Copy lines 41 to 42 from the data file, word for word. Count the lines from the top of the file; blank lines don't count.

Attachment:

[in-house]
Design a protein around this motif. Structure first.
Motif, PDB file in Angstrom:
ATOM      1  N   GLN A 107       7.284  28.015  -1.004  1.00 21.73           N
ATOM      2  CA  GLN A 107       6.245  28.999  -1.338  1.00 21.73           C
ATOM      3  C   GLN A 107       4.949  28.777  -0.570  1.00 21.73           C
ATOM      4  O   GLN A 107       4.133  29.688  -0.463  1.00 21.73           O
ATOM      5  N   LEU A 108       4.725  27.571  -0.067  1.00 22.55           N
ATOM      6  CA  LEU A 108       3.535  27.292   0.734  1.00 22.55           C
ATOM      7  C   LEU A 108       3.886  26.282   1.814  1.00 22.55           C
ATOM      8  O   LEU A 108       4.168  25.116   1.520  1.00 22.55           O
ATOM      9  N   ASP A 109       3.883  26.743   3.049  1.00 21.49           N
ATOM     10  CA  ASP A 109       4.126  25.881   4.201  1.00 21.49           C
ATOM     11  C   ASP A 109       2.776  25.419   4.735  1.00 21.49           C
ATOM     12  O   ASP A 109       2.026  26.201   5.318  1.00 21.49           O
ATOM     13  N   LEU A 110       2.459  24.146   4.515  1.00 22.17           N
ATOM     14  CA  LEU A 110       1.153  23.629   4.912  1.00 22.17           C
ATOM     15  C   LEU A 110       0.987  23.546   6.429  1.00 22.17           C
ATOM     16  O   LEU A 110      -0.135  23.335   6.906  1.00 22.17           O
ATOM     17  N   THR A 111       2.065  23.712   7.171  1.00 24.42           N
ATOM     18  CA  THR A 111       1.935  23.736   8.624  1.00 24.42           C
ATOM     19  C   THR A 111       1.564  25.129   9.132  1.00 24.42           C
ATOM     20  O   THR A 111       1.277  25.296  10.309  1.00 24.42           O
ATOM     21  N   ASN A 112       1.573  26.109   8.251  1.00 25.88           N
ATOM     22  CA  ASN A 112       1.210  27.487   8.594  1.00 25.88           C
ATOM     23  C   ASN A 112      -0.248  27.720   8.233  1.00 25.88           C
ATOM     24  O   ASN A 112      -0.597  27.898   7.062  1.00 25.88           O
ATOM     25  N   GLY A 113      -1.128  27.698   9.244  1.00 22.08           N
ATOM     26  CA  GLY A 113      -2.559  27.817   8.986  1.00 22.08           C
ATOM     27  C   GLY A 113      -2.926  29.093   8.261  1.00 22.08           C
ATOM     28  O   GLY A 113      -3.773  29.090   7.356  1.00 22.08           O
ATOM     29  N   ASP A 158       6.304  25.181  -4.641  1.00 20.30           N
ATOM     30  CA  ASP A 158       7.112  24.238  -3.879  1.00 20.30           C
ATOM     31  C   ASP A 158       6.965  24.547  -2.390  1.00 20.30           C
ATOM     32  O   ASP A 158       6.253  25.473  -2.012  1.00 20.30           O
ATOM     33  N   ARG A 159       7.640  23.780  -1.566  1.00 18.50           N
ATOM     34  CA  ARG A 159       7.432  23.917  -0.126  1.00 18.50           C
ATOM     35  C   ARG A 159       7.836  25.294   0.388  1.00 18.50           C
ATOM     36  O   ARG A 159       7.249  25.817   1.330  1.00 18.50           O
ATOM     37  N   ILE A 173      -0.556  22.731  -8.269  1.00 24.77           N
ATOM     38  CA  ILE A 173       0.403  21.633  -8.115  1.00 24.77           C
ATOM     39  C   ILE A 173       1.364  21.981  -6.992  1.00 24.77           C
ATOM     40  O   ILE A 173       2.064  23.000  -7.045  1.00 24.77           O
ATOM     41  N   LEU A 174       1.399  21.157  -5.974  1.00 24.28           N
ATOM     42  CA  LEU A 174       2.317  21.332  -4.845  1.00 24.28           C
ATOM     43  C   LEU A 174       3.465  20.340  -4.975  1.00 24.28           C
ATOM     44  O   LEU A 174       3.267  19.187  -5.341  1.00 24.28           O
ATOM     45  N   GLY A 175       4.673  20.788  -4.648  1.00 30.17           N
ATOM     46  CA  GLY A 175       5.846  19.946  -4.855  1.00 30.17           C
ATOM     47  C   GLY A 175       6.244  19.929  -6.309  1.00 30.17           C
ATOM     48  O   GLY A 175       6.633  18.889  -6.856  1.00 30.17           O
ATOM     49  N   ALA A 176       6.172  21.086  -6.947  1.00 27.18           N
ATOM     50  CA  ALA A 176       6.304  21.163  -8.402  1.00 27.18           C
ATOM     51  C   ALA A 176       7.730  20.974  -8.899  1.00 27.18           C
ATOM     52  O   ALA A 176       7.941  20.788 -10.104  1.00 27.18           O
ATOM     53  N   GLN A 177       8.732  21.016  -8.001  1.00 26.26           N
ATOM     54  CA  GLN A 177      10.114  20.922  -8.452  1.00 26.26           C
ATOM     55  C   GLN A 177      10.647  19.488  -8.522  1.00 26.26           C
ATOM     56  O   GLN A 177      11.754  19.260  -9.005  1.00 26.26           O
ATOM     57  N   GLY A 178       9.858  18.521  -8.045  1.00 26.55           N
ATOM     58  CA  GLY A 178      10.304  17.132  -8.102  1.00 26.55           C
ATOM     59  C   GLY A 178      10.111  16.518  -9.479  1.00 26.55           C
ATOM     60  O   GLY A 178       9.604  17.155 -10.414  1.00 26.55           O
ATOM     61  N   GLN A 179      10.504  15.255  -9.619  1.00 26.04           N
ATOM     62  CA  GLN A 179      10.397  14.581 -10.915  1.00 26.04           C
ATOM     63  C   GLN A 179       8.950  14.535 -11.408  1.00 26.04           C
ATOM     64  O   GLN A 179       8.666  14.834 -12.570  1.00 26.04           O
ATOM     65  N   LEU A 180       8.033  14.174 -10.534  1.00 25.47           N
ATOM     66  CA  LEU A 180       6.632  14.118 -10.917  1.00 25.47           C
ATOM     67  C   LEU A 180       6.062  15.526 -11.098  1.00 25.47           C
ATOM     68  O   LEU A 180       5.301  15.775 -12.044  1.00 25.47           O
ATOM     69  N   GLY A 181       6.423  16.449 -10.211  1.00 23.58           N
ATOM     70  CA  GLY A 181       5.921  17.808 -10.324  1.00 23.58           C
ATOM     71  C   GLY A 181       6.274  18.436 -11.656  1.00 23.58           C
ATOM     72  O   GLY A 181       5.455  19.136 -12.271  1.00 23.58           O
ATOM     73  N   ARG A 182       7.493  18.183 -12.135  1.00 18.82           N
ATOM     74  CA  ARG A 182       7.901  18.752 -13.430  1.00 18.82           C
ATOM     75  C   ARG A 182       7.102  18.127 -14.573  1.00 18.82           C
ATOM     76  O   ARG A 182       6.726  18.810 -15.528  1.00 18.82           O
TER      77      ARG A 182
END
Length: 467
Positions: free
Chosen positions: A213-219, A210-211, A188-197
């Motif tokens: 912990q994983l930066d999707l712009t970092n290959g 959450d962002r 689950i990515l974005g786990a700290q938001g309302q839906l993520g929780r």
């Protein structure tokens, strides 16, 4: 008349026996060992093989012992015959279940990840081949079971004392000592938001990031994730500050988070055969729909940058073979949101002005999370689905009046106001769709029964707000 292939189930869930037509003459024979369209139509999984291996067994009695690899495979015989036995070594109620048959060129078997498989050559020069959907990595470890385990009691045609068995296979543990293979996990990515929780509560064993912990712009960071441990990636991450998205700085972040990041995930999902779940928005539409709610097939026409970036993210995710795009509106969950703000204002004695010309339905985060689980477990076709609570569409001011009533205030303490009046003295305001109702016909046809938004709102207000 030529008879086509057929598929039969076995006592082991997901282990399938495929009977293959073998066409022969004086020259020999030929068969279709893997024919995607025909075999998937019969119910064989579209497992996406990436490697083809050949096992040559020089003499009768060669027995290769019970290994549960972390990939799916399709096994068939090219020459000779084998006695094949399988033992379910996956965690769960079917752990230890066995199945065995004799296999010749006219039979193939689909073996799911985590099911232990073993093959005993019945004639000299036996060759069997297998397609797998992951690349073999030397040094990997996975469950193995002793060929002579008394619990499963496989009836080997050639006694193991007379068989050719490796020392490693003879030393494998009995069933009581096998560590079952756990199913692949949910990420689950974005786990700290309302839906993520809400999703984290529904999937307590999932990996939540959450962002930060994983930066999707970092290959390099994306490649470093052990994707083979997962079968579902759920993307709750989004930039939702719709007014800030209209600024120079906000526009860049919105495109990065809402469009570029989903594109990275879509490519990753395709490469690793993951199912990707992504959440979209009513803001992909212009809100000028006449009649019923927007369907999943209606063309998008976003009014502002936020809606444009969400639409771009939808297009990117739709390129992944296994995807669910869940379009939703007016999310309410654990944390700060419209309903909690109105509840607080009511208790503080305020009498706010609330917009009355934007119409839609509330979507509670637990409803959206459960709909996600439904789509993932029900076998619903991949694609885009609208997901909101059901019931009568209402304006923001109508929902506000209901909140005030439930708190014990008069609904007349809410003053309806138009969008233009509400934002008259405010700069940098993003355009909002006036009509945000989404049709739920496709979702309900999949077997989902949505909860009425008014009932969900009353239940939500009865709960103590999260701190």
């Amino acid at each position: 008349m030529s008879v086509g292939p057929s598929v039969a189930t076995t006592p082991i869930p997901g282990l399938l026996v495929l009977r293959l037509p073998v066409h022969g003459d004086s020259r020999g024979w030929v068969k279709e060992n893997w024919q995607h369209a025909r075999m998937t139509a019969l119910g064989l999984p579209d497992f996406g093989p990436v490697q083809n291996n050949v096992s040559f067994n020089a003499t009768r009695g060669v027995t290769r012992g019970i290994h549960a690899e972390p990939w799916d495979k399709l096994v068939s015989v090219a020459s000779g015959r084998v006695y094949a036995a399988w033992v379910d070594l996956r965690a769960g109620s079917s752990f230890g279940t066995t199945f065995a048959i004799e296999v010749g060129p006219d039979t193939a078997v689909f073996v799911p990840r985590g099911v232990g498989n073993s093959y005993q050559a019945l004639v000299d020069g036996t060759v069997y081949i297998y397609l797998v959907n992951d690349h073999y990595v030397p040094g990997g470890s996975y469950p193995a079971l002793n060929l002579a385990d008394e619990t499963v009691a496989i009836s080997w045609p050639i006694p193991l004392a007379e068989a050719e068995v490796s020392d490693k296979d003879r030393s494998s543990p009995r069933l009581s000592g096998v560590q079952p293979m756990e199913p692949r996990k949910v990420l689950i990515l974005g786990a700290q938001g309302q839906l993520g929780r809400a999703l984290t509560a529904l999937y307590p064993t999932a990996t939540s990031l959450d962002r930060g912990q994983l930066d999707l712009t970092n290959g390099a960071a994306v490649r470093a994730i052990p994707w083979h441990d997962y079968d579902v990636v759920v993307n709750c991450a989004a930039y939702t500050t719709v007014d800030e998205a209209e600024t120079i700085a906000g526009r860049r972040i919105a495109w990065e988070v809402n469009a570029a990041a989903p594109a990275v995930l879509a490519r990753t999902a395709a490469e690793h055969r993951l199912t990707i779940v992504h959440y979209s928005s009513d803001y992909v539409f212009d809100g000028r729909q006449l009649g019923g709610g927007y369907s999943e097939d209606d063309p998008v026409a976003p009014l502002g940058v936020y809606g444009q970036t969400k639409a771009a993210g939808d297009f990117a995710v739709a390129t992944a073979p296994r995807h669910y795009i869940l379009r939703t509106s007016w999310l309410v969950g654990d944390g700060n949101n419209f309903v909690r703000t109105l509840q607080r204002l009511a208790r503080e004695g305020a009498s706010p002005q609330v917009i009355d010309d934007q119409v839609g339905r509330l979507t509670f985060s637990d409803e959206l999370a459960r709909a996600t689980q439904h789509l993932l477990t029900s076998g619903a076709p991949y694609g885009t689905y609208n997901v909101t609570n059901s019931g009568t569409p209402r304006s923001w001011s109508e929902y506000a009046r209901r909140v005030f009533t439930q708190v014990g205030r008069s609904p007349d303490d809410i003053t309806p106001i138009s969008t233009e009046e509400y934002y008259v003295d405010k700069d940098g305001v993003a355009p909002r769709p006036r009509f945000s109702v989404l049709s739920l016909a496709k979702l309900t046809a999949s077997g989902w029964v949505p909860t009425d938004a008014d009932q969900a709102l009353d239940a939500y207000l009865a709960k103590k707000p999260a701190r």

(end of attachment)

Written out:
ATOM     38  CA  ILE A 173       0.403  21.633  -8.115  1.00 24.77           C
ATOM     39  C   ILE A 173       1.364  21.981  -6.992  1.00 24.77           C